The same can’t be said of the turnover expenses. Even the paintjob is effectively lost money – the new tenants will leave their marks on those walls, which will probably need to be repainted again come the next turnover.
When most landlords want to improve their cash flow, the first thing they jump to is raising the rent. And sure, that improves cash flow in a “normal” month.
But I’ve found that the best way to improve my real cash flow, my long-term average profit, is by doing everything possible to cut my turnover rate.
Treehorn’s average monthly cash flow was $179.46, and here’s what that average monthly cash flow looks like:
As a final thought for landlords, imagine you prioritized tenant retention and reducing turnovers. Instead of Treehorn turning over every two years, it turns over every four. When you chop those turnover costs in half, the average monthly cashflow surges from $179.46 to $277.17.
Not a bad bump in profits, right?
What Rental Cash Flow Teaches Us About Personal Cash Flow
“This is all well and good,” you say, “but I’m not a landlord.”
And you’re still reading? That’s amazing.
By now, it should be clear that cash flow is about averaging out the peaks and valleys of irregular expenses. Experienced landlords know this, and new landlords need to learn it fast to succeed.
But how is this lesson relevant in our personal cash flow and budgeting?
It’s relevant because the same thing happens in our personal budgets, just not as obviously.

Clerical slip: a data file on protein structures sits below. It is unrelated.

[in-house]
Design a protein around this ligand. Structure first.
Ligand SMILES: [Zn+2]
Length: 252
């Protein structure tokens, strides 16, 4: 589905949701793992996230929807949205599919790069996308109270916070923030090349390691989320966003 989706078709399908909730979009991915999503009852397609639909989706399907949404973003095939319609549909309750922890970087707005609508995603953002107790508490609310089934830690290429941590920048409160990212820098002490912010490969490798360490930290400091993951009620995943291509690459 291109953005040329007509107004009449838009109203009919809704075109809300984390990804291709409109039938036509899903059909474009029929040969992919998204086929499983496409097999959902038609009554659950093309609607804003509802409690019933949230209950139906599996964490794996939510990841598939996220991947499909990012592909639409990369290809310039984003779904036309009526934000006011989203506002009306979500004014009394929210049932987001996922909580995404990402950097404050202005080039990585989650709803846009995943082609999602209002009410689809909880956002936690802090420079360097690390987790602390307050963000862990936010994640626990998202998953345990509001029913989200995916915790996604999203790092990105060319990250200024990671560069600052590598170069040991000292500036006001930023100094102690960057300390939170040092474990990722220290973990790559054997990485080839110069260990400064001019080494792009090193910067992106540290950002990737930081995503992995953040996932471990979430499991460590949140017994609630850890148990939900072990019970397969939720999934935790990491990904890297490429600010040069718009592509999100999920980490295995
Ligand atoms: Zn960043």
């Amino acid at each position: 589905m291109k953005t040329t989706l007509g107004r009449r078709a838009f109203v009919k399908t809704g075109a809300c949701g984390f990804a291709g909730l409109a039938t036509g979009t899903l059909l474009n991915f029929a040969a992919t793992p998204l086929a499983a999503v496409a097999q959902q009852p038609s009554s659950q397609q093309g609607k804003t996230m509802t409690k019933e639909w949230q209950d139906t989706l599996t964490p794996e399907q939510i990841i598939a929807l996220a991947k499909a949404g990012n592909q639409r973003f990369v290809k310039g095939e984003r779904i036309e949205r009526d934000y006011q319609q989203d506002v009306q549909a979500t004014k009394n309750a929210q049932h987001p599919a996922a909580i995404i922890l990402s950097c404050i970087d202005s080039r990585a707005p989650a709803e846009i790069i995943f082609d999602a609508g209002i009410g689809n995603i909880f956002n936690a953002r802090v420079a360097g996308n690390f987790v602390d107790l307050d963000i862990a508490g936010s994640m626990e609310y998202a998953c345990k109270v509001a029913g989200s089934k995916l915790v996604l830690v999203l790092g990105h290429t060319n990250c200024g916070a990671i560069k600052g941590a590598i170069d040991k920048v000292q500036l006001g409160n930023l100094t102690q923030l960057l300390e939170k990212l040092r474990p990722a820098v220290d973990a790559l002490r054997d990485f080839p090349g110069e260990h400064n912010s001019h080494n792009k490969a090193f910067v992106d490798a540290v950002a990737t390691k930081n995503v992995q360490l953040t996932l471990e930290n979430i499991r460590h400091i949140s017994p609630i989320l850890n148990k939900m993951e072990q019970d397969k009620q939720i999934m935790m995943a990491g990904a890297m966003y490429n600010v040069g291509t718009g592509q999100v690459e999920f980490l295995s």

You may not have to budget for turnovers, but you have other irregular costs. Homeowners have to budget for property repairs just like landlords do. Cars also need maintenance and repairs, just like houses. All of us have occasional medical bills, large and small (one might call these our own personal maintenance and repairs costs).
I bet if you added up every penny that you spent on gifts over the past 12 months, you’d be shocked at the total. (Seriously – between holiday shopping, birthdays, weddings, showers, and other arbitrary occasions when we’re supposed to buy people presents, most of us spend an undocumented fortune.) It’s these irregular – but very real – expenses that throw the proverbial wrench in our budgets.
Sure, everyone knows how to budget for their rent or mortgage, and their car payment. But how often have you said to yourself, “Well, this month was different because I had to put Cindy’s wedding present on my credit card. I’ll make it up next month.” Except next month it’s, “Well, it was Little Johnny’s birthday this month, and we wanted to make it special. But next month will be different. We don’t have to buy any presents next month!”
Then next month you get hit with an unexpected $500 medical bill. The month after that it’s an $800 car repair.
Seeing a pattern here?
Budget for the Irregular
If you’re a landlord, you (hopefully) have an expense checking account set up for each property. You put money into it every month, based on your average monthly cash flow calculations for expenses like repairs, maintenance, vacancies, etc.
The lesson for all of us is to do the same with our irregular personal expenses. Set up a special account with the sole purpose of covering irregular personal expenses: gifts, unexpected medical bills, car repairs, and so on.
How much you put toward it is a personal decision, but if the account ever gets below $200, you’ll know you need to be putting more into it.
At the end of the year, if you have extra money in the account, good for you! You can shift some of it to an investment account for real estate, stocks, notes, whatever.
You know these expenses are coming. You’re an intelligent adult. Now budget for them, so you’ll never be surprised again when irregular expenses pop up and make a grab for your wallet!
How do you handle irregular expenses? Any tips or tricks you’d care to share? Don’t be shy! Post them below!